Euphemisms old and new
Re-accommodating the Latest Euphemistic Twaddle
By now, everyone and their monkey and their monkey's uncle has heard about the awful incident in which a man was viciously dragged off an overbooked United flight. You've likely also heard about the subsequent euphemism United CEO Oscar Munoz used in the immediate aftermath: "This is an upsetting event to all of us here at United. I apologize for having to re-accommodate these customers."
To say this word choice did not go over well would be an understatement so understated it's looking up at the mole men. A day later, Munoz did a bit better, describing this atrocity as a "truly horrific event." He used accurate descriptions such as "the customer was forcibly removed" and offered his "deepest apologies for what happened." It's funny how a plummeting stock price and imploding public image can make even a soulless CEO begin speaking clear language, using words that have a grain of truth. If Munoz had gone the honest, contrite route from the start, he might have minimized the damage.
Flying the flummery-soaked skies aside, I've noticed a bit of a twaddle trend. I don't wish to alarm you, but the re- suffix is starting to make my euphemism decoder ring shake and shimmy like a doomsday clock. Last month, I discussed the dubious terms reclaimed (unpaved, as in a street that the government can't afford to maintain) and renatured (referring to a park that also can't be maintained and is now just urban wildlands). Is there something inherently suspicious about re- in the lexical water? Be sure to light the euphemism signal if you see any examples to support this important theory.
Deep down, we're all clueless airline executives. When we're ashamed or just want to dodge blame, we use or concoct terms that create a bubble of balderdash around the truth. Here are some of the latest and lamest.
This would appear to be a pleasant synonym for business card—and it kind of is. But it has a more sinister sense. As discussed in a Chicago Reader article: "Long before Chicago gangs took to social media to stoke violent feuds, the street crews of the 1970s and '80s…gilded their reputations and recruited new members in the customary manner of the professional class: by handing out business cards, known more commonly as 'compliment cards,' that displayed cryptic symbols of pride, lists of members' nicknames, clues about controlled turf, and no shortage of emblems of disrespect to enemies." I would usually make fun of such a weird term, but I'm holding my tongue. I watched Sons of Anarchy, and I would hate to meet Mr. Mayhem (get killed).
Global warming, to some, sounds like some kind of gosh-darn planet-wide catastrophe. That's where the soft term climate change came in, putting a soft, feathery pillow over the evolution of a bountiful planet into a living hell. But comic James Corden came up with an even gentler term, all in the interests of humor: endless summer. That makes sulfurous torment and devastation sound divine. I expect actual politicians to adopt this term yesterday.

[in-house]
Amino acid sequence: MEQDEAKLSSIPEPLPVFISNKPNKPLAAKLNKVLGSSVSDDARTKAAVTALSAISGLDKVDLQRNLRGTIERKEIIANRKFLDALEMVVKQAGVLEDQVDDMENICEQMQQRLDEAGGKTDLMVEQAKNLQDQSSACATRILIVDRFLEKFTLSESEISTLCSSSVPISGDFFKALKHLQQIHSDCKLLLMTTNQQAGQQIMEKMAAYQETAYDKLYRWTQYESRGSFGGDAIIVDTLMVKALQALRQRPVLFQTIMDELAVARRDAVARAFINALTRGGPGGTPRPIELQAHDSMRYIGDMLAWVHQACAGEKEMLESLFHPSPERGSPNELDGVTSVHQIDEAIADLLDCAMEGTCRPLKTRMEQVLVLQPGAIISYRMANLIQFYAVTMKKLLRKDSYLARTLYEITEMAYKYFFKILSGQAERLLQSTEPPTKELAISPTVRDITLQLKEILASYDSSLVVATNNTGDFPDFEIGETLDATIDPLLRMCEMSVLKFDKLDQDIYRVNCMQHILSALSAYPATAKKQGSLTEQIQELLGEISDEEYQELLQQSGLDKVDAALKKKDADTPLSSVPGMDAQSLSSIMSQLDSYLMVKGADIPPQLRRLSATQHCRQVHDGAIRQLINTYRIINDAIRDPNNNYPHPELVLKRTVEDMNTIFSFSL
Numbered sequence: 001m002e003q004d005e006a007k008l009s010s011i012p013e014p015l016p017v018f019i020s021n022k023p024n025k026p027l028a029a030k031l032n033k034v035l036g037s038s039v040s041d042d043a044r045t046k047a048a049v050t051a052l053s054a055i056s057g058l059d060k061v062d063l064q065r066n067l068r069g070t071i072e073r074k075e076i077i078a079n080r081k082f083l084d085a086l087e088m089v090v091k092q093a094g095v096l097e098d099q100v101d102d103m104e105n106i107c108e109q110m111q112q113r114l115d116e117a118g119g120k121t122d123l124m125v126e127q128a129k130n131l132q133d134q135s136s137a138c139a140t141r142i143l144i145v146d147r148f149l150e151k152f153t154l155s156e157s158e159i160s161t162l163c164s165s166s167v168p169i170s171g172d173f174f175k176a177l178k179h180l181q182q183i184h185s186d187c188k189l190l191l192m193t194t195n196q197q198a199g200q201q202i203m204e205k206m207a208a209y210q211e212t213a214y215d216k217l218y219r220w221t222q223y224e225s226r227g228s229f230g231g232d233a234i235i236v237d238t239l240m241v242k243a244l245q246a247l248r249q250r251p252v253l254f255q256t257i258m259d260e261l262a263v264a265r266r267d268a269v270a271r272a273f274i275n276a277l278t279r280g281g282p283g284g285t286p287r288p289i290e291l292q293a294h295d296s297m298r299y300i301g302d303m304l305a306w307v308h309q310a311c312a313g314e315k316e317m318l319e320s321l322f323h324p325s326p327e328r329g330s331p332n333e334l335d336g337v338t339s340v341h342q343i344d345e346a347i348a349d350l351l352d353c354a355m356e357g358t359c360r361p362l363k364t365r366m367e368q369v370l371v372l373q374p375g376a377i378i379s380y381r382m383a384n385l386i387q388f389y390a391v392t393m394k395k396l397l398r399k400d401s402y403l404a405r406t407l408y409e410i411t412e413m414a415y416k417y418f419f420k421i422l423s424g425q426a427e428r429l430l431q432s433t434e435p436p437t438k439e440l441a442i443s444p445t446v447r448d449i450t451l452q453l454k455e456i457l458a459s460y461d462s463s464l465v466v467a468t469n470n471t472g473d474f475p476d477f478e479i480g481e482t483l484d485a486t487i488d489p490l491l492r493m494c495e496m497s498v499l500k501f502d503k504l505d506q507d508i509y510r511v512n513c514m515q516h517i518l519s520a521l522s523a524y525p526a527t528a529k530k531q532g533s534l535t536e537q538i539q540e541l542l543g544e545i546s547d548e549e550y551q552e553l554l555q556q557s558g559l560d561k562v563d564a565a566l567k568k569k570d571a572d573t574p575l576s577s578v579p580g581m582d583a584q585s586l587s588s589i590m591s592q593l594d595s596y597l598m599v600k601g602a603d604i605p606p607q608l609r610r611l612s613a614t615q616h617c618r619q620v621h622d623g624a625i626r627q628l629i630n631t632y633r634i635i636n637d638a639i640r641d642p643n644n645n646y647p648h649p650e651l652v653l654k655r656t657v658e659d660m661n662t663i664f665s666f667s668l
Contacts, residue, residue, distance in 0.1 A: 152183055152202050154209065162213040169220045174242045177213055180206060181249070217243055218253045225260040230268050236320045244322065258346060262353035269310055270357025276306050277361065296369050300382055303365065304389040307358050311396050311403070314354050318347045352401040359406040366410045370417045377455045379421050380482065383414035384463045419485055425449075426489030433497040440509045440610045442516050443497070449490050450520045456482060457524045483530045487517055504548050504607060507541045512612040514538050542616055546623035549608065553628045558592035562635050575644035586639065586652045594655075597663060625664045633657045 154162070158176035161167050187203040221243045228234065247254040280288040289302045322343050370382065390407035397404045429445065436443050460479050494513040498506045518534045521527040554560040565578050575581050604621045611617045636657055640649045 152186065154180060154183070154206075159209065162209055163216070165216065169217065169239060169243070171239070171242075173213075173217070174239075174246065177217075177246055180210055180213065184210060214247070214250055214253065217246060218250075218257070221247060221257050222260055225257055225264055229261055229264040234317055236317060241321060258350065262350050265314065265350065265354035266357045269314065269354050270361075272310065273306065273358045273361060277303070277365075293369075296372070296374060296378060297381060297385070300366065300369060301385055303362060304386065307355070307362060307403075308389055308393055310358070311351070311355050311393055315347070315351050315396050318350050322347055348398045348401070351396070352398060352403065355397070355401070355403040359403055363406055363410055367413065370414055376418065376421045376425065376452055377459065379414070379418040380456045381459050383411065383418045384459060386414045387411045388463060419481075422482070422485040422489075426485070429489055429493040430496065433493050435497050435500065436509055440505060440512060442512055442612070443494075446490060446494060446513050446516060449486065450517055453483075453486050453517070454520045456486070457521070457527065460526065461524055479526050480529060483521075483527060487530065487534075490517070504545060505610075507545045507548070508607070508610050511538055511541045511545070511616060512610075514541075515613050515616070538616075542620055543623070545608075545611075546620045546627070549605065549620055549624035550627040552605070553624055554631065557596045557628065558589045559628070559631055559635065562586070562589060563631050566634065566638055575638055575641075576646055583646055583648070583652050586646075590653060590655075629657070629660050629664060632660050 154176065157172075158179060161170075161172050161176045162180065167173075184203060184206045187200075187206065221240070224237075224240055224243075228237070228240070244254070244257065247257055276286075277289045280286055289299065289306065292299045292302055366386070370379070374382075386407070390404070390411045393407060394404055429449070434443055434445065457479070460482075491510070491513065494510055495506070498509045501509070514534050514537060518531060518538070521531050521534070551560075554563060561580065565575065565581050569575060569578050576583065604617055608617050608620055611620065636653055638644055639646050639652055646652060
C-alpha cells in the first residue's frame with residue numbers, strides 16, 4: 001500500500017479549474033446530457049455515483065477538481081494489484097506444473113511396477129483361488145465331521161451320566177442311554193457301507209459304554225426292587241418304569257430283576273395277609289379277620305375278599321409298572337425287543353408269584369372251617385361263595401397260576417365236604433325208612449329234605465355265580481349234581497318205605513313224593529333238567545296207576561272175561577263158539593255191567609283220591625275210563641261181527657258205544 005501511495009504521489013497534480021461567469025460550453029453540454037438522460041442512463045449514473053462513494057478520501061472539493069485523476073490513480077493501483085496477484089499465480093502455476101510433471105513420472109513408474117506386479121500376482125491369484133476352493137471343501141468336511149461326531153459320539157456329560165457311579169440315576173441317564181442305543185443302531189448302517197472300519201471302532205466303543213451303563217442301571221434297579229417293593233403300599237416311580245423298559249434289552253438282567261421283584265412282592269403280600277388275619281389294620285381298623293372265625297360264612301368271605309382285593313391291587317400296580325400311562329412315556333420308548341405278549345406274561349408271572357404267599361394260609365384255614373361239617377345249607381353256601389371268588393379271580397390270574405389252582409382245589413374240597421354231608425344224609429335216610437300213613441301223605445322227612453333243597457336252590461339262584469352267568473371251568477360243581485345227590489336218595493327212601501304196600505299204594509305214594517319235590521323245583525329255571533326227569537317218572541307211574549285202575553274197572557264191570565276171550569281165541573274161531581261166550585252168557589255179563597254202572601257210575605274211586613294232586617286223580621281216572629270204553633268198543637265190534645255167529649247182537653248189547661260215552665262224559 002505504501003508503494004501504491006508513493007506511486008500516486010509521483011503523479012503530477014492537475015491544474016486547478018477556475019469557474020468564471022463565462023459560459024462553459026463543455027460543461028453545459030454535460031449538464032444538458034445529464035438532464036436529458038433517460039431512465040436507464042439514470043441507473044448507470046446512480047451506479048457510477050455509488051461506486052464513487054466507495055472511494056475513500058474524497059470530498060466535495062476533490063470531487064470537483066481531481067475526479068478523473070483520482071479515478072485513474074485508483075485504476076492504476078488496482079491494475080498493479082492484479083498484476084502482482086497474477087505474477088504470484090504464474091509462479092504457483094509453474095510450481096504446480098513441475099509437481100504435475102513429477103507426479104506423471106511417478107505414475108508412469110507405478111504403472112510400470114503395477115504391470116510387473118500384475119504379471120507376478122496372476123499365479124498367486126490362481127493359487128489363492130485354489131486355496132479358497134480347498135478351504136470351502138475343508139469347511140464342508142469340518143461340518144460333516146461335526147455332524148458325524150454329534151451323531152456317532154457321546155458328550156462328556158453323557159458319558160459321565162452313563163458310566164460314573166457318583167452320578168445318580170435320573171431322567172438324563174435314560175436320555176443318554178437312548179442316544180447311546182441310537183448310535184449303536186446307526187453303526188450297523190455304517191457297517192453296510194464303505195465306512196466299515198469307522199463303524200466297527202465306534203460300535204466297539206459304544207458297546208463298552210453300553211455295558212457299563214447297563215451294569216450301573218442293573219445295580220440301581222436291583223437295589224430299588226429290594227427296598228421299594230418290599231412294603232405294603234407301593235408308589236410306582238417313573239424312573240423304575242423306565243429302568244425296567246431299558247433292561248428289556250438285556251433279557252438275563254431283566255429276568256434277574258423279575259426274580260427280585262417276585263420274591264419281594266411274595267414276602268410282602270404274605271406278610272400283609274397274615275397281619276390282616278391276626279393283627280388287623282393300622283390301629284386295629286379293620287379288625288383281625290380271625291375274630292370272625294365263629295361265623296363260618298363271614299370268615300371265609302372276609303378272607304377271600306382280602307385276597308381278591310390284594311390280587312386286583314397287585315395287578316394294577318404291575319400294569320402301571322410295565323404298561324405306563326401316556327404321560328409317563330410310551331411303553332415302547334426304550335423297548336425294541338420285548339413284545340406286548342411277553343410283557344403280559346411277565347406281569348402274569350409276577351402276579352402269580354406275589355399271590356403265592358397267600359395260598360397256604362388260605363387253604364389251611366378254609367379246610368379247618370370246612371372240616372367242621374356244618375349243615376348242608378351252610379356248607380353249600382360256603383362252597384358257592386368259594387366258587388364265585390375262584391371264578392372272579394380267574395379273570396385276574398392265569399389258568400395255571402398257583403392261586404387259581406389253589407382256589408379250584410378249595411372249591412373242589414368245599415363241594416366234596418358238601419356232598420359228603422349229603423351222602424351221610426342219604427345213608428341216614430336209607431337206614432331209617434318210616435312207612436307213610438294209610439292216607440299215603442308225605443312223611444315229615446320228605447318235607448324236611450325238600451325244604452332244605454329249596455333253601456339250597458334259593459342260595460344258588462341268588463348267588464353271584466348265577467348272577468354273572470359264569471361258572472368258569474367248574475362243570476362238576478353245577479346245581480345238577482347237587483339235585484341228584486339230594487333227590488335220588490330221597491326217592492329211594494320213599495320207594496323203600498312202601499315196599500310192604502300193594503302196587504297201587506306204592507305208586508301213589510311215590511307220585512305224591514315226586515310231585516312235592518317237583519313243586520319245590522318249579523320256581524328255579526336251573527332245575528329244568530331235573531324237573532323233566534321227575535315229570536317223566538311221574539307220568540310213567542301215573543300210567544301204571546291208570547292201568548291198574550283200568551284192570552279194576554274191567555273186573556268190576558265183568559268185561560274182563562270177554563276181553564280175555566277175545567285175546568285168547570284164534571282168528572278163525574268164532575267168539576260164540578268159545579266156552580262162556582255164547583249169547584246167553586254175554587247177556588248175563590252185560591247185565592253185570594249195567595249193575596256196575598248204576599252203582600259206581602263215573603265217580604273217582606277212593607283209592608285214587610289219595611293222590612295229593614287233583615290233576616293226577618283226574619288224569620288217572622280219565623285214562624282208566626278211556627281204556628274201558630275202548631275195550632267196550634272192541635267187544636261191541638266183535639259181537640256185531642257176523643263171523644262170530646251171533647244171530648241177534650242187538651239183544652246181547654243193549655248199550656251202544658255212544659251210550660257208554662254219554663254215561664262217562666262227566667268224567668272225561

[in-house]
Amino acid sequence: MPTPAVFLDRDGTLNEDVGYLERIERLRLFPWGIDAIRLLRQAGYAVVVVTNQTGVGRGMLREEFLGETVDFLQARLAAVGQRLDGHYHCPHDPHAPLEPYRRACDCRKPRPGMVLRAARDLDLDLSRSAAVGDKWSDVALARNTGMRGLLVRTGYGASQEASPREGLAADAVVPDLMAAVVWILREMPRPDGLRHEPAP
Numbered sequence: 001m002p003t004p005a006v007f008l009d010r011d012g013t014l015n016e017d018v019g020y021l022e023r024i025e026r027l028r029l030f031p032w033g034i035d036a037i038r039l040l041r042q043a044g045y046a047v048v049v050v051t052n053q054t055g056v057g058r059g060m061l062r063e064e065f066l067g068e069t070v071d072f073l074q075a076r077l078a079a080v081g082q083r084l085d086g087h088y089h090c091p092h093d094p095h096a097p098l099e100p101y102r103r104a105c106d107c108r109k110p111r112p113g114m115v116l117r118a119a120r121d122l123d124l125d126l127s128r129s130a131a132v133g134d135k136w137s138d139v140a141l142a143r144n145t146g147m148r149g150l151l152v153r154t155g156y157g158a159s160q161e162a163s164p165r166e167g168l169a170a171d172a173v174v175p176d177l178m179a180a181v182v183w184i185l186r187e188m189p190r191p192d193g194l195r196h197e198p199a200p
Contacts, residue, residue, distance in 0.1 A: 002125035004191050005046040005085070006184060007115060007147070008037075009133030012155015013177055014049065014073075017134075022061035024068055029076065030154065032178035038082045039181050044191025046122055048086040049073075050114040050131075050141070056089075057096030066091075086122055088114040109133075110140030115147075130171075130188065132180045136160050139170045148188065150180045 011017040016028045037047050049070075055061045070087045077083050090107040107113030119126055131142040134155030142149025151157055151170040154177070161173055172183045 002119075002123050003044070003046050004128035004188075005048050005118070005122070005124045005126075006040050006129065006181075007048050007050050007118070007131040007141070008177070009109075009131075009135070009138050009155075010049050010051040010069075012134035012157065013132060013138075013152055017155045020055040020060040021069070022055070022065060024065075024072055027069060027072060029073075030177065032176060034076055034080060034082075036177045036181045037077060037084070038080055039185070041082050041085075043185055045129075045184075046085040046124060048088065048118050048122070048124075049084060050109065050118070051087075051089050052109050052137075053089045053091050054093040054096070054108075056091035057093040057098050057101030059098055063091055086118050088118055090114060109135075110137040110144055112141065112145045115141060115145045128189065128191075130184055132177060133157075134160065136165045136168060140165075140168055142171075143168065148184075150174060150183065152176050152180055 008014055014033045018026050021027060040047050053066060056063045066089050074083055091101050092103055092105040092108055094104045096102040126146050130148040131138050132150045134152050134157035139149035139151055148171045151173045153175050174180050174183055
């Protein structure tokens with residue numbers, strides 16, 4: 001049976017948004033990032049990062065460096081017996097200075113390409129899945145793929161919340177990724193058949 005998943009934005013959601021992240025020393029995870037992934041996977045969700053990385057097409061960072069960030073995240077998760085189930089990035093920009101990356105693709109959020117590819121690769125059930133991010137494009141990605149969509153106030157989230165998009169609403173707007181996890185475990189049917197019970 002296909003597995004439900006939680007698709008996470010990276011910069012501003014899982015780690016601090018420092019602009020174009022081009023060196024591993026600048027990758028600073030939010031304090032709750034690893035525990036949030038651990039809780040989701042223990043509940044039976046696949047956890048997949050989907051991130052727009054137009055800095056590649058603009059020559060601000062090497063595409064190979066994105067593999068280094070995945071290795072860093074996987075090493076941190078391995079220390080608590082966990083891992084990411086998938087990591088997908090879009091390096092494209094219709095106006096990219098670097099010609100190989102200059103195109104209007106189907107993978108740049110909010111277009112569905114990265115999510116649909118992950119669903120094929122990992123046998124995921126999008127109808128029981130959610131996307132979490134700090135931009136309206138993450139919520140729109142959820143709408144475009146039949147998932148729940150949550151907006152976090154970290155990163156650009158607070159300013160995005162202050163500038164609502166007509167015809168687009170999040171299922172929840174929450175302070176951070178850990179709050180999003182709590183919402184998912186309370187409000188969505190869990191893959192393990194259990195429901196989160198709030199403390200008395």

Once again, valiant VT contributor Nancy Friedman tipped me off to a tremendous euphemism: in this case, one that has to do with what is unkindly but commonly referred to as snitching. An incentivized witness is better known as a jailhouse snitch. Often, such talkative citizens are called stool pigeons and dirty rats, so incentivized witness is a step up, branding-wise. The incentive is presumably a shorter sentence or some other favor—perhaps a sweet deal at Kinko's for your next compliment cards.
Professional wrestling is a strange world. One of the strangest elements is that the largest wrestling company in the world (WWE) doesn't even use the term professional wrestling: they've been using the euphemism sports entertainment for decades. That's just the tip of the steroid-pumped jargon-berg. WWE head Vince McMahon, like so many other CEOs, likes to bury the world in BS, forbidding announcers and wrestlers from using the term title shot, presumably because it's clear and understandable. Instead, his employees must discuss championship opportunities. Hey, if you owned a wrestling promotion, you'd probably get weird too.
Finally, have you ever given or received a political bonding agent?In one of his many perceptive and funny articles, Matt Taibbi spotted this torturous term. Taibbi quoted Brookings Institute Fellow Jonathan Rauch with the following whopper: "Overreacting to the threat of corruption… is just as harmful. Political contributions, for example, look unseemly, but they play a vital role as political bonding agents."
You don't have to be an extremist on any side of the political spectrum to acknowledge that political contributions are a legal form of bribery that causes all sorts of damage. You do have to be a weasel of the highest (lowest?) order to rebrand those bribes as some kind of democratic glue. Politics is, in theory, about the people's choice—not Elmer's.
Still, this crapola could create many lexical possibilities if I'm correct about the re- prefix becoming a prolific agent of rubbish. In the future, a series of political contributions may be referred to as a process of political re-bonding. Re-gag me with a spoon.